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Housing and labor market distortions in Poland : linkages and policy implications

Author

Listed:
  • Mayo, Stephen K.
  • Stein, James I.
  • INU

Abstract

Poland's housing and macroeconomic policies have restricted investments in housing and urban infrastructure to a level well below that of other European countries. This has resulted in a shortage of housing typified by 15 to 20 year waits for government sponsored housing. Shortages of this magnitude are likely to cause distortions with impacts on patterns of savings and consumption, the price level, and on the functioning of labor markets. This paper focuses particularly on how housing market distortions are transmitted to labor markets, with impacts on rates of migration, relative wage levels among different regions, and, by implication, on the productivity of the Polish work force. The basic thesis of the paper is that if housing markets are prevented from reaching their competitive equilibrium that labor markets will similarly be prevented. Evidence is examined on the extent of housing and labor market disequilibria, and estimates econometric models that relate internal migration and relative wages to alternative measures of housing market disequilibria. From these analyses it is concluded that labor markets are in fact distorted by housing market distortions, with potentially major macroeconomic costs.

Suggested Citation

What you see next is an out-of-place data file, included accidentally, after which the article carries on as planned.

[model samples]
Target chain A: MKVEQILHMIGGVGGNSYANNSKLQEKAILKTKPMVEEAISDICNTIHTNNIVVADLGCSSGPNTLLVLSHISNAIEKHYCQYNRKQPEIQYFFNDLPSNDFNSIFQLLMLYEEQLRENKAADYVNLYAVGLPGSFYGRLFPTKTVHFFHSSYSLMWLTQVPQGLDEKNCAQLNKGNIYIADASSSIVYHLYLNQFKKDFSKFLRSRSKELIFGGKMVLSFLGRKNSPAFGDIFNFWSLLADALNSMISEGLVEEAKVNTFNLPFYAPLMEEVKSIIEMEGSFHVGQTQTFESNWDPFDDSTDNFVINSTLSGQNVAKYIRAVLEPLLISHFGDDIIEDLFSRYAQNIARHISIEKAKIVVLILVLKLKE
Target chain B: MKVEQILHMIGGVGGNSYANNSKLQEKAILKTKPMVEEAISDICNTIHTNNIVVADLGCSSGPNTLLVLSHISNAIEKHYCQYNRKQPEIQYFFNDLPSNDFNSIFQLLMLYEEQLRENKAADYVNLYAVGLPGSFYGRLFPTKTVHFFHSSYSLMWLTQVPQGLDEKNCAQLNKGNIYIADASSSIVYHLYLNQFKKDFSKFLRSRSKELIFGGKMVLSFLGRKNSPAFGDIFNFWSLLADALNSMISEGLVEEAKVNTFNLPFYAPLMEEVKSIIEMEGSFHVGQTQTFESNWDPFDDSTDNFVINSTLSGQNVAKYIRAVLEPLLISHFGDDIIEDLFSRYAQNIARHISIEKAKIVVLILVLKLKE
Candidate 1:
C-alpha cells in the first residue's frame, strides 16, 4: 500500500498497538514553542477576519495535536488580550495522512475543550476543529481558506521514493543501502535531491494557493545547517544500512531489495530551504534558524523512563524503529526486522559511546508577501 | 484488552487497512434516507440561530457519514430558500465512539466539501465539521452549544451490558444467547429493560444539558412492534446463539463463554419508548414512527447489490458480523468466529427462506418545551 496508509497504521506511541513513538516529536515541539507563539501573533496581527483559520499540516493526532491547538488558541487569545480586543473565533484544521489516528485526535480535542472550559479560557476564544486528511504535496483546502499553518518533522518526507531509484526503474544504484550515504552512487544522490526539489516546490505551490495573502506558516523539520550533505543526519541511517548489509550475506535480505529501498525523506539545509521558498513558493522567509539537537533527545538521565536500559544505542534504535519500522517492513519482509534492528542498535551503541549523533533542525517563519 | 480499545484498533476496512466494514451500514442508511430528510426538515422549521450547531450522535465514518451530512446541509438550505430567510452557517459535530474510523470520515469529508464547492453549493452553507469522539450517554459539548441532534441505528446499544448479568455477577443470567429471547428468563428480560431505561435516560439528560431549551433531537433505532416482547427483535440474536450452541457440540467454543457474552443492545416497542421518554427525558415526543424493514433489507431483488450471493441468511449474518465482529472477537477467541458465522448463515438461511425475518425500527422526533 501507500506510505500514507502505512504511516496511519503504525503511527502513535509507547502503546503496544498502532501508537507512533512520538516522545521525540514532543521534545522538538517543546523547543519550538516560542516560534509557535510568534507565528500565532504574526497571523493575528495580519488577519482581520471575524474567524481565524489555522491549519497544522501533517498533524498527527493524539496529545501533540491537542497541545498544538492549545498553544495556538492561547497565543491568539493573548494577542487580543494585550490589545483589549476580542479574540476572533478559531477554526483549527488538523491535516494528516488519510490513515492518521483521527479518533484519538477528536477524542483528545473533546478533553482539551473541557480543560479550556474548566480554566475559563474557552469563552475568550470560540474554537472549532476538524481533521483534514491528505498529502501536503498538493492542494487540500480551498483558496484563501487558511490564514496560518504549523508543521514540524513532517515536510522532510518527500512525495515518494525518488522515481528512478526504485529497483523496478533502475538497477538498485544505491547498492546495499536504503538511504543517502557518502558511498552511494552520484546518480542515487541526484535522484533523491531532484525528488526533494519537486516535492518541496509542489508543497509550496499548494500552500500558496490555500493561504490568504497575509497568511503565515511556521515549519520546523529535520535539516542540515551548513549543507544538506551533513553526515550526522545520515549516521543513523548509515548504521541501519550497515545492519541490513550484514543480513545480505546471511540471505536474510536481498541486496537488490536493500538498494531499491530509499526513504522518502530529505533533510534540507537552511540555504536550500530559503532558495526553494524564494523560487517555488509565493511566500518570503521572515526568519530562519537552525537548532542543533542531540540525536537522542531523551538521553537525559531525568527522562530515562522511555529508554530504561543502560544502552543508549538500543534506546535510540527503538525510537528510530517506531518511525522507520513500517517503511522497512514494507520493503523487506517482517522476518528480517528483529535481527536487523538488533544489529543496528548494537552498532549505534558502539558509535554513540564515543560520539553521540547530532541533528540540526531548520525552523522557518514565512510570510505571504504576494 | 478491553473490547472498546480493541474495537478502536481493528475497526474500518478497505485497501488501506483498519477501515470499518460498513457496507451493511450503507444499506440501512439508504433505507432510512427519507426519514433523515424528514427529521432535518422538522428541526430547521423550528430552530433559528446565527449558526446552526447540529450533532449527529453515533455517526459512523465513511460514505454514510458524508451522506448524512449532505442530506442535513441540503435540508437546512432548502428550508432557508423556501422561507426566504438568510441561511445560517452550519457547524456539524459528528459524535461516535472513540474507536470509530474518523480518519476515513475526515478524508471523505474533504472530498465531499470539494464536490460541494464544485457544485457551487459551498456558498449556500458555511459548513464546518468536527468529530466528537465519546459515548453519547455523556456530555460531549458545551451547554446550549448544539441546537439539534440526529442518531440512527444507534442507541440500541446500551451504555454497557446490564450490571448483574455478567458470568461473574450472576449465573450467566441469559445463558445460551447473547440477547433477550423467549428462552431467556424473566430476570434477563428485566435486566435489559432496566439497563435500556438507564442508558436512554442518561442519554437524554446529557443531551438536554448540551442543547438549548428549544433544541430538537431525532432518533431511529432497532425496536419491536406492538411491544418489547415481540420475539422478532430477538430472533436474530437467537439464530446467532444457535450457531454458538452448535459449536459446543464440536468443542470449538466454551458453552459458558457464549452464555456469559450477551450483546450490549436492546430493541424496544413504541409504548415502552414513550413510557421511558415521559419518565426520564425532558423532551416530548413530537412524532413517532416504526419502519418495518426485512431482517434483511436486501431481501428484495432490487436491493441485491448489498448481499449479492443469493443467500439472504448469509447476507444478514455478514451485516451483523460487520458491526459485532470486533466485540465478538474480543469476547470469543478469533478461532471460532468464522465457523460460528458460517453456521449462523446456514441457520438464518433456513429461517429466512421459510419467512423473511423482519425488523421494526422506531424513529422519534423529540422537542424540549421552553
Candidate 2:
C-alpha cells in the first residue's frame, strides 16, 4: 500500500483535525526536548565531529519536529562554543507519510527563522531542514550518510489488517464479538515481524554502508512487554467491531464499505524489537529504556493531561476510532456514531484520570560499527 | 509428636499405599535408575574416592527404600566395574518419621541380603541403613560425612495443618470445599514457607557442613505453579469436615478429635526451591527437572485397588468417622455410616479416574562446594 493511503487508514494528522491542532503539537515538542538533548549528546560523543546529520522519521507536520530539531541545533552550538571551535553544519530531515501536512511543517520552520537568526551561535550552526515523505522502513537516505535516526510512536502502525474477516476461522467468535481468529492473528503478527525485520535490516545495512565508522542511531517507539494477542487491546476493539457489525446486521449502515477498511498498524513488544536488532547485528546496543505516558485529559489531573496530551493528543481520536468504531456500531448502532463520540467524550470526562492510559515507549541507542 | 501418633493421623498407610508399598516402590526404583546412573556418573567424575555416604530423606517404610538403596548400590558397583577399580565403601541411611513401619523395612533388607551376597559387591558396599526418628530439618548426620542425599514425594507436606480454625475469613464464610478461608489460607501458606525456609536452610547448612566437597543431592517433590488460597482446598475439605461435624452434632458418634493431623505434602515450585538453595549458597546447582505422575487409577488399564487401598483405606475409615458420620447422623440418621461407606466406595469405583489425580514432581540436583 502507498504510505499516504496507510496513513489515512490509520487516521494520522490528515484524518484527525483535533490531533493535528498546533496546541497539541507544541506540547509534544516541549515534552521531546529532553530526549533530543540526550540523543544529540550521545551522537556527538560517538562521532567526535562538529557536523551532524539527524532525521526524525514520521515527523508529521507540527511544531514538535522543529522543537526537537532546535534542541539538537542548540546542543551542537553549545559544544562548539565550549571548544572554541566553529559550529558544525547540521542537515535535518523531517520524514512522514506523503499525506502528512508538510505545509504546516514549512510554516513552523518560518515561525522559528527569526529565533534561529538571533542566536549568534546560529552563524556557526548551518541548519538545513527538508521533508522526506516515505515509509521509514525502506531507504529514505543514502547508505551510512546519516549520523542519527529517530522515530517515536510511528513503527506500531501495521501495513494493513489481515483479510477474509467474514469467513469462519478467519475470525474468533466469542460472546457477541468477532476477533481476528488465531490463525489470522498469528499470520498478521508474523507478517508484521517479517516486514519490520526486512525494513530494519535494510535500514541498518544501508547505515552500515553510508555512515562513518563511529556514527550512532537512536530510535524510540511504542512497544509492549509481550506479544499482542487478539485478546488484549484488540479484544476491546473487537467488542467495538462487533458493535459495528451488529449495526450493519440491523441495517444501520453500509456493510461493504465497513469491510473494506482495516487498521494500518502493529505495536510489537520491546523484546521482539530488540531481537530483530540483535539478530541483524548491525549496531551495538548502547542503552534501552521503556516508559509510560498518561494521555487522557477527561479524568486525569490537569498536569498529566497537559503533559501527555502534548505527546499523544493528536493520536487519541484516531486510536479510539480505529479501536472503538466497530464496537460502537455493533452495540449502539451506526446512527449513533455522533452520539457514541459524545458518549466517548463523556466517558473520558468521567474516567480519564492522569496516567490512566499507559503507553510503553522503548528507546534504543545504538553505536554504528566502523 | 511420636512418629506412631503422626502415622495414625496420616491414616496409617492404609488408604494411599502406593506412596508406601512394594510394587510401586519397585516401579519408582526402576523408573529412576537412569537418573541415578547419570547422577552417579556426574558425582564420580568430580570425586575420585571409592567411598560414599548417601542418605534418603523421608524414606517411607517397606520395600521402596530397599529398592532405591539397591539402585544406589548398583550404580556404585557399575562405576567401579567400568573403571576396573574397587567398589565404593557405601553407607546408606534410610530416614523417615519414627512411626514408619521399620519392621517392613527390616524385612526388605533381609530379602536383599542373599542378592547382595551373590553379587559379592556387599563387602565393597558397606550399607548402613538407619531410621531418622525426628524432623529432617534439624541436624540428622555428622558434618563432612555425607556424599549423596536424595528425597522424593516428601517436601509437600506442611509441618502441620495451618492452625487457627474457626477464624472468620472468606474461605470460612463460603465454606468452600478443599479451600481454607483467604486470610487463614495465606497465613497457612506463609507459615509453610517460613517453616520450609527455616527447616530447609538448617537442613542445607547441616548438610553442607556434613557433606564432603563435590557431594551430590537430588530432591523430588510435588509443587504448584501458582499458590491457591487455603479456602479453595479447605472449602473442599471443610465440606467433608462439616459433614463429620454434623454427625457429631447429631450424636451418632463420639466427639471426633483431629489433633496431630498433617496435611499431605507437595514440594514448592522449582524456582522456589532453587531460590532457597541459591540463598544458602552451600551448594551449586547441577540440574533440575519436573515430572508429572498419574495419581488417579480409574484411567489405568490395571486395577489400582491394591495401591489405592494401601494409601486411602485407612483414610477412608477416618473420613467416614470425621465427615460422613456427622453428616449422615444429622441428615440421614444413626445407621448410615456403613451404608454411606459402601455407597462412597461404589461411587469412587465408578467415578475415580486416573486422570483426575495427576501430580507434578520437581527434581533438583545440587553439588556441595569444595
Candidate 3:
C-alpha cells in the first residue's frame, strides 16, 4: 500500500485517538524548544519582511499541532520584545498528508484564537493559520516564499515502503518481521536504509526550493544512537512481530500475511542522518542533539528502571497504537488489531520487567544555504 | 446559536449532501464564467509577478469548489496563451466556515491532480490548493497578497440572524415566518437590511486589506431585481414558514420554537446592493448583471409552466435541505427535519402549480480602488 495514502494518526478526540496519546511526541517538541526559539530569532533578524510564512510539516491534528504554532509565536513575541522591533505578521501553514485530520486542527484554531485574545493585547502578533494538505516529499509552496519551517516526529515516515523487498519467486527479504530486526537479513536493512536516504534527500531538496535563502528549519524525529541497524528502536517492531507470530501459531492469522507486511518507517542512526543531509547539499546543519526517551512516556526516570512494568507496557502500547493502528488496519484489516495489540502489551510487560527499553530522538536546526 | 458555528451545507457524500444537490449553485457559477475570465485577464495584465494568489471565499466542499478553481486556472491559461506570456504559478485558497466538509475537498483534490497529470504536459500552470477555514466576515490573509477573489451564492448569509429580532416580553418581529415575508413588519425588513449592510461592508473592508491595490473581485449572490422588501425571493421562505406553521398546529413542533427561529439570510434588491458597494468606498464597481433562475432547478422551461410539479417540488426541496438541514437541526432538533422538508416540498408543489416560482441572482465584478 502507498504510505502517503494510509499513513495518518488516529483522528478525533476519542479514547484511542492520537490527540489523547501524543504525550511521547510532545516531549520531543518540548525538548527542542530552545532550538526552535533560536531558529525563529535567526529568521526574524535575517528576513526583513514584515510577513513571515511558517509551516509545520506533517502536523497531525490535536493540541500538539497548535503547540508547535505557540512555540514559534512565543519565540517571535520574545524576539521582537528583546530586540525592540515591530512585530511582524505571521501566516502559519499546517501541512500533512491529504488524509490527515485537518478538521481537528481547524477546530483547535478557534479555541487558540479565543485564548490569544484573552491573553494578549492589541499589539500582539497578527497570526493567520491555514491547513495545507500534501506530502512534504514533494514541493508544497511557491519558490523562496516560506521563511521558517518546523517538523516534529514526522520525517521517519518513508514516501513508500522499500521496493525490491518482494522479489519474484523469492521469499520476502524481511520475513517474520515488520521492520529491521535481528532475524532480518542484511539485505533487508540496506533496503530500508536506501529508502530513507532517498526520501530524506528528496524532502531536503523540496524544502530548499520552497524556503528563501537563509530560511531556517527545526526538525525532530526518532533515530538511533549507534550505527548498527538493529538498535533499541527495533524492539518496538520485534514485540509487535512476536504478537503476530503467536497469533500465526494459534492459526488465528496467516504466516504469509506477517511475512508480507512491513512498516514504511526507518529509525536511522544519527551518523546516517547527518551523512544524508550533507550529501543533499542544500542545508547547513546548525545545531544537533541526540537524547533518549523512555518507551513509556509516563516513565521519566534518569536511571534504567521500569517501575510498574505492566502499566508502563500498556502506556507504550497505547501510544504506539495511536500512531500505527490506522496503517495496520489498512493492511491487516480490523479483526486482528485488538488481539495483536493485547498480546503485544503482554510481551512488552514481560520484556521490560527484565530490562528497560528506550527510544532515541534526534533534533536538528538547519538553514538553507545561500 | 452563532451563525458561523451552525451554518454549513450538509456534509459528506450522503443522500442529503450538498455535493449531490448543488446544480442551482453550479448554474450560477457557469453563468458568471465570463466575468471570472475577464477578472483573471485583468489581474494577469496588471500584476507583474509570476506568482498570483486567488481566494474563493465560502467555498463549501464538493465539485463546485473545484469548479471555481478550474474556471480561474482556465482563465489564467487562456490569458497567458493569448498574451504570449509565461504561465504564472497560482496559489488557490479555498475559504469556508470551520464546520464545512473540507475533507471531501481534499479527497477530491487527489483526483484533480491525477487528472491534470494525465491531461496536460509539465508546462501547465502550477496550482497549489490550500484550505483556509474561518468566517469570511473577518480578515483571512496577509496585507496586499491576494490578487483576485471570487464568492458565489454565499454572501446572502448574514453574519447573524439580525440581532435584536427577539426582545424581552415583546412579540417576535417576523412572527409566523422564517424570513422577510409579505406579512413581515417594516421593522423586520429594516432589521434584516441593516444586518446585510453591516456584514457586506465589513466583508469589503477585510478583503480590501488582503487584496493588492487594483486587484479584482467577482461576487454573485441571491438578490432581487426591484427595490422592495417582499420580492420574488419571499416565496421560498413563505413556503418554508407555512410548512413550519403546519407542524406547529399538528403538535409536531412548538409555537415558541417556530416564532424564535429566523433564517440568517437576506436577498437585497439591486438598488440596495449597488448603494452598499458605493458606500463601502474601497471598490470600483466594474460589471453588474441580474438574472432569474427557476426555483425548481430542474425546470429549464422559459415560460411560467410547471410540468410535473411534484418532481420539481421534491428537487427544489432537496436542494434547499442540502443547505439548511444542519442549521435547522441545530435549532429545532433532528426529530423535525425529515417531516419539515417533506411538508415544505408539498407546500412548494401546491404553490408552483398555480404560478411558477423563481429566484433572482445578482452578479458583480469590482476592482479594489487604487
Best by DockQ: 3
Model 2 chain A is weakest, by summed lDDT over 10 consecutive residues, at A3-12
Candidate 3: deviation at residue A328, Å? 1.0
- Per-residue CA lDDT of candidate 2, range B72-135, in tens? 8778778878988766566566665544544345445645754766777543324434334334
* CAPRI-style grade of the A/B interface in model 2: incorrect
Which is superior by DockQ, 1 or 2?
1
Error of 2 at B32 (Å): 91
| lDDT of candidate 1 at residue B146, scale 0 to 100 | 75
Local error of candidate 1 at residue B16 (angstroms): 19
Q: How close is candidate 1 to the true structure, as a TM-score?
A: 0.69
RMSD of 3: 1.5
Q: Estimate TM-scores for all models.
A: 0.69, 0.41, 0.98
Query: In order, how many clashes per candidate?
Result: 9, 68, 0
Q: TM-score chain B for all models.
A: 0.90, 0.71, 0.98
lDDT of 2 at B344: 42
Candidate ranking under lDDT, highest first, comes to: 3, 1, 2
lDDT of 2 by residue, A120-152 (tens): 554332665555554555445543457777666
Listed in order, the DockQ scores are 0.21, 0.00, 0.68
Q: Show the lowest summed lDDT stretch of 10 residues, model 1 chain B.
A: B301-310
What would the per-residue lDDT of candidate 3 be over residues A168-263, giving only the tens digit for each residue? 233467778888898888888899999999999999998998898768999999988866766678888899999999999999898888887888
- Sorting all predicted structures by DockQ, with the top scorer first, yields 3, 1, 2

• Mayo, Stephen K. & Stein, James I. & INU, 1988. "Housing and labor market distortions in Poland : linkages and policy implications," Policy Research Working Paper Series 361, The World Bank.
  • Handle: RePEc:wbk:wbrwps:361
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    References listed on IDEAS

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    1. Burns, Leland S & Grebler, Leo, 1976. " Resource Allocation to Housing Investment: A Comparative International Study," Economic Development and Cultural Change, University of Chicago Press, vol. 25(1), pages 95-121, October.
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    Cited by:

    1. J.M. Pogodzinski, 1995. "The Effect of Housing Market Disequilibrium on the Supply of Labor: Evidence from Poland, 1989-1990," Real Estate Economics, American Real Estate and Urban Economics Association, vol. 23(4), pages 497-527.
    2. Subrata Ghatak & Alan Mulhern & John Watson, 2008. "Inter-Regional Migration in Transition Economies: The Case of Poland," Review of Development Economics, Wiley Blackwell, vol. 12(1), pages 209-222, February.
    3. Pierella Paci & Erwin R. Tiongson & Mateusz Walewski & Jacek Liwinski & Maria M. Stoilkova, 2007. "Internal Labor Mobility in Central Europe and the Baltic Region," World Bank Publications, The World Bank, number 6598, January.
    4. Hardman, Anna M. & Ioannides, Yannis M., 1995. "Moving behavior and the housing market," Regional Science and Urban Economics, Elsevier, vol. 25(1), pages 21-39, February.
    5. David Dale-Johnson & Stuart A. Gabriel, 1995. "Introduction: Deregulation and Reform of Housing and Housing Finance Markets: Recent Lessons from Western and Central Europe," Real Estate Economics, American Real Estate and Urban Economics Association, vol. 23(4), pages 395-400.
    6. Deichmann, Uwe & Henderson, Vernon, 2000. "Urban and regional dynamics in Poland," Policy Research Working Paper Series 2457, The World Bank.

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